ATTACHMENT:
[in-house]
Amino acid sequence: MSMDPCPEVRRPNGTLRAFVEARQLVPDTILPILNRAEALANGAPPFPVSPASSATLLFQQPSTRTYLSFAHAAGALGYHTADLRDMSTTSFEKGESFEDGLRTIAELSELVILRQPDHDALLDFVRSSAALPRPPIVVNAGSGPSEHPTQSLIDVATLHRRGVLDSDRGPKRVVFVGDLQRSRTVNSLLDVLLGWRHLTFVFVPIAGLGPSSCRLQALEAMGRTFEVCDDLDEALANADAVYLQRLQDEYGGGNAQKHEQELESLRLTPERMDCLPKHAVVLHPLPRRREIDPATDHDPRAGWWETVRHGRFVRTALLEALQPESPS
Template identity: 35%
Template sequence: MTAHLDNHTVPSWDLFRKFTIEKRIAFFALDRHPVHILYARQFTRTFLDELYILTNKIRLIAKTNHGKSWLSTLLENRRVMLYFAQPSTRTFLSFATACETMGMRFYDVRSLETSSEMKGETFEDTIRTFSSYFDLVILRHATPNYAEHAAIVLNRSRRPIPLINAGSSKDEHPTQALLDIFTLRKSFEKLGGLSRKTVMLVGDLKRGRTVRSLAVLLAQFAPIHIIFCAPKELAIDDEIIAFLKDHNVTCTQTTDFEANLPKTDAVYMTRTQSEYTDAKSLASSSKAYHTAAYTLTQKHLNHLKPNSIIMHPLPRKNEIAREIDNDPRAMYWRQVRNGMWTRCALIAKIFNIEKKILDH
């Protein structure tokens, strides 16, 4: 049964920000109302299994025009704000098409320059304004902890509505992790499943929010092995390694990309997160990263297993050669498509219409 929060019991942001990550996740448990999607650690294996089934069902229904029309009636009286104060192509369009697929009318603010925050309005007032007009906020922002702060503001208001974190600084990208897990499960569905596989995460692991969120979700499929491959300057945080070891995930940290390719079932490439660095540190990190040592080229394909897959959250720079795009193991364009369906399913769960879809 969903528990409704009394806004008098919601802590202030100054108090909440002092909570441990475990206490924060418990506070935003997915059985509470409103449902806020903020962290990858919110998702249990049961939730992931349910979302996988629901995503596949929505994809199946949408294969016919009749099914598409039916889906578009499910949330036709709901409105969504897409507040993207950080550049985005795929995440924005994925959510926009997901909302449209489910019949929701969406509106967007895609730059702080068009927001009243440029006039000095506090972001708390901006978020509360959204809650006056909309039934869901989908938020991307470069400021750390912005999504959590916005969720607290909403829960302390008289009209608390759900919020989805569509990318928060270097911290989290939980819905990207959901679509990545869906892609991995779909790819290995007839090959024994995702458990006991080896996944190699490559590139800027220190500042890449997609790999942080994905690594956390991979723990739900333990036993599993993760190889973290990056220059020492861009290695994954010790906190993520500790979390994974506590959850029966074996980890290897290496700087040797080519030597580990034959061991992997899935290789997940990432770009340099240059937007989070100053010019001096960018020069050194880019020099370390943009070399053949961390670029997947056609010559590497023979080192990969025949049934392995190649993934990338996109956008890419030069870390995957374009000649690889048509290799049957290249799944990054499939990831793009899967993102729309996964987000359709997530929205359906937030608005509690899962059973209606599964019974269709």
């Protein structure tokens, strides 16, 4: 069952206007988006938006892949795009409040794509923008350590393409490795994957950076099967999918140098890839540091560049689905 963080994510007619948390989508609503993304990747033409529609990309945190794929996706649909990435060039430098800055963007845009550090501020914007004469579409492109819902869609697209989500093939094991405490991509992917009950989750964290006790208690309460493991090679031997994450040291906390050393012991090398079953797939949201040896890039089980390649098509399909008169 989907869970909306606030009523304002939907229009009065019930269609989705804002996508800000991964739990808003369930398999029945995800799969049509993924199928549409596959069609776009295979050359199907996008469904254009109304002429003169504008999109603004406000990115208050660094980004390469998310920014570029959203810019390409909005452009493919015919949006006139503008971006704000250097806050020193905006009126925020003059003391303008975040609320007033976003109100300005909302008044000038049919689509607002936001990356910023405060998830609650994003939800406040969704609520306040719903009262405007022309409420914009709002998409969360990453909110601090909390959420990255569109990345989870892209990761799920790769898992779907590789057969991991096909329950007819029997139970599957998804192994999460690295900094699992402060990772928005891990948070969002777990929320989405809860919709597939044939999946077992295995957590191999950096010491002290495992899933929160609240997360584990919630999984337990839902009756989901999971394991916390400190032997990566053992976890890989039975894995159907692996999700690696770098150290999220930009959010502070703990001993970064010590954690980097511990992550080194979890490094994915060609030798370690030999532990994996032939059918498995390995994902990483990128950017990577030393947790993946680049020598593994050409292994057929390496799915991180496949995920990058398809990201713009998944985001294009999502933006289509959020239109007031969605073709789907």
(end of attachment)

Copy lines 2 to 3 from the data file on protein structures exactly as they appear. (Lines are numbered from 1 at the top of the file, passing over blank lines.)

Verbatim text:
Amino acid sequence: MSMDPCPEVRRPNGTLRAFVEARQLVPDTILPILNRAEALANGAPPFPVSPASSATLLFQQPSTRTYLSFAHAAGALGYHTADLRDMSTTSFEKGESFEDGLRTIAELSELVILRQPDHDALLDFVRSSAALPRPPIVVNAGSGPSEHPTQSLIDVATLHRRGVLDSDRGPKRVVFVGDLQRSRTVNSLLDVLLGWRHLTFVFVPIAGLGPSSCRLQALEAMGRTFEVCDDLDEALANADAVYLQRLQDEYGGGNAQKHEQELESLRLTPERMDCLPKHAVVLHPLPRRREIDPATDHDPRAGWWETVRHGRFVRTALLEALQPESPS
Template identity: 35%